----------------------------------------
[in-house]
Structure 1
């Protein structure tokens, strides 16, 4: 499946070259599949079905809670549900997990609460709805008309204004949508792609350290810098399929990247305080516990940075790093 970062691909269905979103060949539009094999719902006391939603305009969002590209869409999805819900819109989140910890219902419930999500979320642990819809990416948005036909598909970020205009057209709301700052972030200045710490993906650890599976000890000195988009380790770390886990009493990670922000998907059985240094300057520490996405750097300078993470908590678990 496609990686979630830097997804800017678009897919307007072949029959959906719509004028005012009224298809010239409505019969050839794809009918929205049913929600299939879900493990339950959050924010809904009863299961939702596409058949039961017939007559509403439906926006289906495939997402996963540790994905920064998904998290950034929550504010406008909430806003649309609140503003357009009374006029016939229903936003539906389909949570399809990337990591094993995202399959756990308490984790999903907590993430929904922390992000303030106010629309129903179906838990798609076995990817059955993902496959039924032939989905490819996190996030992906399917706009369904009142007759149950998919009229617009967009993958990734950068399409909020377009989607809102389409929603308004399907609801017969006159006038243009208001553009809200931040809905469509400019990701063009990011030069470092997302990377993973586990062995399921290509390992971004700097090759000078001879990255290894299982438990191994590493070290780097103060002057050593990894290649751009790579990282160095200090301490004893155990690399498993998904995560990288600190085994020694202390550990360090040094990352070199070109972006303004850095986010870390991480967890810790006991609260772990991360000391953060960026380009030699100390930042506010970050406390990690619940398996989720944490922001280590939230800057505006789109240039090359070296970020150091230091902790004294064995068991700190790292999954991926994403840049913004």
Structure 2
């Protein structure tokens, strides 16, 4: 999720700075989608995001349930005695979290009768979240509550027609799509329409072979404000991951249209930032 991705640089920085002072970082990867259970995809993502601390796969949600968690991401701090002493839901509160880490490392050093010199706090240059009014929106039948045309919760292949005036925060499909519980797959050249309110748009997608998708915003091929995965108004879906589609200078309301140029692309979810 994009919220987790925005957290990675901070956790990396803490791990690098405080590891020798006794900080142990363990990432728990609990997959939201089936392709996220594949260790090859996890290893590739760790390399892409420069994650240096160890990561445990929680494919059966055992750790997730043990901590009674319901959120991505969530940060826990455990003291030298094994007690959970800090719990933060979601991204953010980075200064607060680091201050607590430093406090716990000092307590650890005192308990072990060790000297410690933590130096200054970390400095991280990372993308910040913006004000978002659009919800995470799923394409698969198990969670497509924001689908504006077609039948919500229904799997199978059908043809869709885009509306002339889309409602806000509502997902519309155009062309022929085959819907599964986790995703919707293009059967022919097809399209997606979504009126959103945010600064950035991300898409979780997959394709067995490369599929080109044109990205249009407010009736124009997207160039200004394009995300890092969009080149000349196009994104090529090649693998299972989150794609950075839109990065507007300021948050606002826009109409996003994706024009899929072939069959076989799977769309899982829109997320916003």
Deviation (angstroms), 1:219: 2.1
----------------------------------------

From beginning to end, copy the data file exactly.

[in-house]
Structure 1
């Protein structure tokens, strides 16, 4: 499946070259599949079905809670549900997990609460709805008309204004949508792609350290810098399929990247305080516990940075790093 970062691909269905979103060949539009094999719902006391939603305009969002590209869409999805819900819109989140910890219902419930999500979320642990819809990416948005036909598909970020205009057209709301700052972030200045710490993906650890599976000890000195988009380790770390886990009493990670922000998907059985240094300057520490996405750097300078993470908590678990 496609990686979630830097997804800017678009897919307007072949029959959906719509004028005012009224298809010239409505019969050839794809009918929205049913929600299939879900493990339950959050924010809904009863299961939702596409058949039961017939007559509403439906926006289906495939997402996963540790994905920064998904998290950034929550504010406008909430806003649309609140503003357009009374006029016939229903936003539906389909949570399809990337990591094993995202399959756990308490984790999903907590993430929904922390992000303030106010629309129903179906838990798609076995990817059955993902496959039924032939989905490819996190996030992906399917706009369904009142007759149950998919009229617009967009993958990734950068399409909020377009989607809102389409929603308004399907609801017969006159006038243009208001553009809200931040809905469509400019990701063009990011030069470092997302990377993973586990062995399921290509390992971004700097090759000078001879990255290894299982438990191994590493070290780097103060002057050593990894290649751009790579990282160095200090301490004893155990690399498993998904995560990288600190085994020694202390550990360090040094990352070199070109972006303004850095986010870390991480967890810790006991609260772990991360000391953060960026380009030699100390930042506010970050406390990690619940398996989720944490922001280590939230800057505006789109240039090359070296970020150091230091902790004294064995068991700190790292999954991926994403840049913004």
Structure 2
């Protein structure tokens, strides 16, 4: 999720700075989608995001349930005695979290009768979240509550027609799509329409072979404000991951249209930032 991705640089920085002072970082990867259970995809993502601390796969949600968690991401701090002493839901509160880490490392050093010199706090240059009014929106039948045309919760292949005036925060499909519980797959050249309110748009997608998708915003091929995965108004879906589609200078309301140029692309979810 994009919220987790925005957290990675901070956790990396803490791990690098405080590891020798006794900080142990363990990432728990609990997959939201089936392709996220594949260790090859996890290893590739760790390399892409420069994650240096160890990561445990929680494919059966055992750790997730043990901590009674319901959120991505969530940060826990455990003291030298094994007690959970800090719990933060979601991204953010980075200064607060680091201050607590430093406090716990000092307590650890005192308990072990060790000297410690933590130096200054970390400095991280990372993308910040913006004000978002659009919800995470799923394409698969198990969670497509924001689908504006077609039948919500229904799997199978059908043809869709885009509306002339889309409602806000509502997902519309155009062309022929085959819907599964986790995703919707293009059967022919097809399209997606979504009126959103945010600064950035991300898409979780997959394709067995490369599929080109044109990205249009407010009736124009997207160039200004394009995300890092969009080149000349196009994104090529090649693998299972989150794609950075839109990065507007300021948050606002826009109409996003994706024009899929072939069959076989799977769309899982829109997320916003």
Deviation (angstroms), 1:219: 2.1